Wandering Jew Plant (Inch Plant) Care Guide

Flower Color -

White, pink, red, purple

Plant Type -

indoor, vine, (can be invasive outdoors)

Scientific Name -

Tradescantia fluminensis, Tradescantia zebrina

Family -

Common Name -

Inch plant, flowering inch plant, wandering jew plant

Plant Size -

6 ft

Sunlight -

Partial, full

Soil -


Flowering Color -

White, pink, red, purple

Hardiness Zone -

Best way to care & grow your inch plant.
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​The Wandering Jew plant, also known as the inch plant, is a great plant to add to your home or office space because it can grow in low light conditions and doesn’t require much watering. It tends to thrive when cared for with the right blend of love, water, sunlight, and fertilizer. To help you care for yours like a pro we have some tips below on taking good care of these plants so that they stay healthy and happy all year long!

What Is The Wandering Jew Plant, And What Does It Look Like?

The Wandering Jew is not a single plant - it's the name given to a few different plants in the genus Tradescantia. When grown outdoors, they are considered invasive in many regions of the world, but those same growing characteristics make them perfect as indoor vining plants. They can be grown as ground covers, hanging baskets, or houseplants or can be trained to grow on trellises, fences, or walls.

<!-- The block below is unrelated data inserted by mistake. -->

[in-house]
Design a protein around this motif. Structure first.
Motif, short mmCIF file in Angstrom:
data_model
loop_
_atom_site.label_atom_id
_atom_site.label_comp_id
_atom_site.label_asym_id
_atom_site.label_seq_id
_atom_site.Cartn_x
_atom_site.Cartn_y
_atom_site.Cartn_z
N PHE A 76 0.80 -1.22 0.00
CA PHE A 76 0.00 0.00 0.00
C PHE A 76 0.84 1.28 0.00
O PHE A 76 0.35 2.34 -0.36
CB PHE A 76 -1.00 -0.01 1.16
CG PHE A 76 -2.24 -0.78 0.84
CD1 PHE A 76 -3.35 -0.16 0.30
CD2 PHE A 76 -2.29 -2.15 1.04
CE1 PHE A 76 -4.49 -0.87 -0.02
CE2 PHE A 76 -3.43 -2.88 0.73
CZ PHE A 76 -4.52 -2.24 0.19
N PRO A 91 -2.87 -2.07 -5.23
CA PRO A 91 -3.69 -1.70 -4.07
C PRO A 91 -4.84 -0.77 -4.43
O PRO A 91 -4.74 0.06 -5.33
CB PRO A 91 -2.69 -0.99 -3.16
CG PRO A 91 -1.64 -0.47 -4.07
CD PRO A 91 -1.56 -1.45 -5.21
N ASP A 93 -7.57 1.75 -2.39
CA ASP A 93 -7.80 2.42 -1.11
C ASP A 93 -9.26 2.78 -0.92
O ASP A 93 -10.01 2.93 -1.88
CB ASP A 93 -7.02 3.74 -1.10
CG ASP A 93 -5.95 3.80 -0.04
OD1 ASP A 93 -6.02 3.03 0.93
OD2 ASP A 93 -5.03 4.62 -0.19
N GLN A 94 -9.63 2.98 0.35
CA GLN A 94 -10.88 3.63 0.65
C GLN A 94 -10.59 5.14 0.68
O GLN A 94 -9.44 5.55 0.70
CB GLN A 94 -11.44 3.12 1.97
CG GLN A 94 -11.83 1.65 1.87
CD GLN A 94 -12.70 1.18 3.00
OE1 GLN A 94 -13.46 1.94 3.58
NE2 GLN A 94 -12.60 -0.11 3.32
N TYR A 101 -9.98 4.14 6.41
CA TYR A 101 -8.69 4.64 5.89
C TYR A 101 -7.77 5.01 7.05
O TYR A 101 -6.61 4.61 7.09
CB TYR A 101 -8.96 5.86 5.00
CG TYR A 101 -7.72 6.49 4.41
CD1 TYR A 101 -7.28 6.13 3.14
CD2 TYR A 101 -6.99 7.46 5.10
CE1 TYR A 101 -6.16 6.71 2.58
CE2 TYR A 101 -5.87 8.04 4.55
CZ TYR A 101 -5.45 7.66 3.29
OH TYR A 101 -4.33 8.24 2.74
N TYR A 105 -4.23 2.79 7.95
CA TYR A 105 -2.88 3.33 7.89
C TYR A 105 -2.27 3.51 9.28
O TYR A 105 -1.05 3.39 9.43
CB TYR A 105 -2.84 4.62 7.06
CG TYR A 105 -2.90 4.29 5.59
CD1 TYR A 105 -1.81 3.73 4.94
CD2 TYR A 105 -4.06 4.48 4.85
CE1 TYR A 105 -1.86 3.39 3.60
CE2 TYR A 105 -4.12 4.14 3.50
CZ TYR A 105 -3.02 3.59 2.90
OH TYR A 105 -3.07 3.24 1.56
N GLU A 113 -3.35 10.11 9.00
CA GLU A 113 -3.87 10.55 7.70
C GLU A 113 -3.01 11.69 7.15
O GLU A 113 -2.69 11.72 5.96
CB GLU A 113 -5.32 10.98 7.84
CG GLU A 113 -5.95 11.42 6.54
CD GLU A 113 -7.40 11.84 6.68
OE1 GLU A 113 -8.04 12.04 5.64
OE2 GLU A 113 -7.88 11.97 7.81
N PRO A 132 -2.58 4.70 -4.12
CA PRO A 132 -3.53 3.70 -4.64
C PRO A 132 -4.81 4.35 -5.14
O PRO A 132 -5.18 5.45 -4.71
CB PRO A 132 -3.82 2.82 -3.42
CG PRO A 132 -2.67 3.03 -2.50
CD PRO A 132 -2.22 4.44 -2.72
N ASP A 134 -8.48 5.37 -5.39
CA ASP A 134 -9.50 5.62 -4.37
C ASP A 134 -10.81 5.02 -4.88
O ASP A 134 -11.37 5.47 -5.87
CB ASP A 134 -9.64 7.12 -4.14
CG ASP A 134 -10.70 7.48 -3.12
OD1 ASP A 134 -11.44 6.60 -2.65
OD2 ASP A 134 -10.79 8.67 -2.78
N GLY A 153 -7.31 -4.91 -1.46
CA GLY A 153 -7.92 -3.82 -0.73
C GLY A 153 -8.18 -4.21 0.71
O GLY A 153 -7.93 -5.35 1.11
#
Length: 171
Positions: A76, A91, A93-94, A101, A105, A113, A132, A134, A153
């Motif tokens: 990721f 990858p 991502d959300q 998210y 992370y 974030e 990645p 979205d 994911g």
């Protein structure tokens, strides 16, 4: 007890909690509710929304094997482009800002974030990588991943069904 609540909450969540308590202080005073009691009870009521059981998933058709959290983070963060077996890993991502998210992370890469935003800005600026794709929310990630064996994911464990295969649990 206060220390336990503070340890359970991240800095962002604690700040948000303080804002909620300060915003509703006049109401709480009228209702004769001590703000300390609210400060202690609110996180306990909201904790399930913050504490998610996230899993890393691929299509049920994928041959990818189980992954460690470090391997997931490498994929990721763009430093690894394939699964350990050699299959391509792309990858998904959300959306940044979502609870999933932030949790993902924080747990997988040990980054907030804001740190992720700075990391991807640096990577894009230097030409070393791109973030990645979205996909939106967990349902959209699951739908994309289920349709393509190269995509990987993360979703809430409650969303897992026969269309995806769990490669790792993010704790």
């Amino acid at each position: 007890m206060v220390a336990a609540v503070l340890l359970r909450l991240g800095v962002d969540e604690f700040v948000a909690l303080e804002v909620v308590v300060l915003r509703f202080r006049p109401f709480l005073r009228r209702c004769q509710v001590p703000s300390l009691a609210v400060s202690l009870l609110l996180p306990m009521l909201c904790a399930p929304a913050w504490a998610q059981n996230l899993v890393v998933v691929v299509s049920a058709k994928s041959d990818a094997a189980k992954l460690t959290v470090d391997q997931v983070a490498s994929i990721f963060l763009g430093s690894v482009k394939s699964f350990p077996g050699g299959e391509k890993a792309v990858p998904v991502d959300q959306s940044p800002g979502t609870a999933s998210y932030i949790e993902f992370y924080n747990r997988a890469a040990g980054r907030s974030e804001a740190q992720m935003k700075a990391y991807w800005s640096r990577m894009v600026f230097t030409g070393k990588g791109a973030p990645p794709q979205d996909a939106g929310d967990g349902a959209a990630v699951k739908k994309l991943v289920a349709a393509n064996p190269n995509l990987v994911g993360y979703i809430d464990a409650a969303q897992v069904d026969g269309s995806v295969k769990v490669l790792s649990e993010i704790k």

Leaves: The plants have leaves with pointed tips and serrated edges that grow in a wandering pattern. Leaves are typically green in color, but they can also be variegated with white or purple patterns; some varieties have leaves that change color as seasons progress from summer green to autumnal reds. The leaf stems are usually long, round, and green or white.

Flowers: Flowers are usually small and white but can be pink, red, or purple.

Bulbs: The bulb is usually dark purple and around the size of a walnut.

Where to buy Wandering Jew Plant?

You can buy Wandering Jew plants in any local store or online.

wandering jew plant

What Are The Most Common Pests That Attack Wandering Jew Plants? And How To Prevent Common Wandering Jew Pests and Diseases?

Aphids, spider mites, and mealybugs are all potential threats to your wandering Jew plant. Aphids can be dealt with by using an insecticidal soap spray, or you may have better luck getting rid of them manually. Spider Mites are difficult to eliminate as they keep coming back. Mealybugs are a little easier to combat but can still be persistent; try spraying them with insecticidal soap or use your fingernails to scrape off their white cotton coating and dispose of it.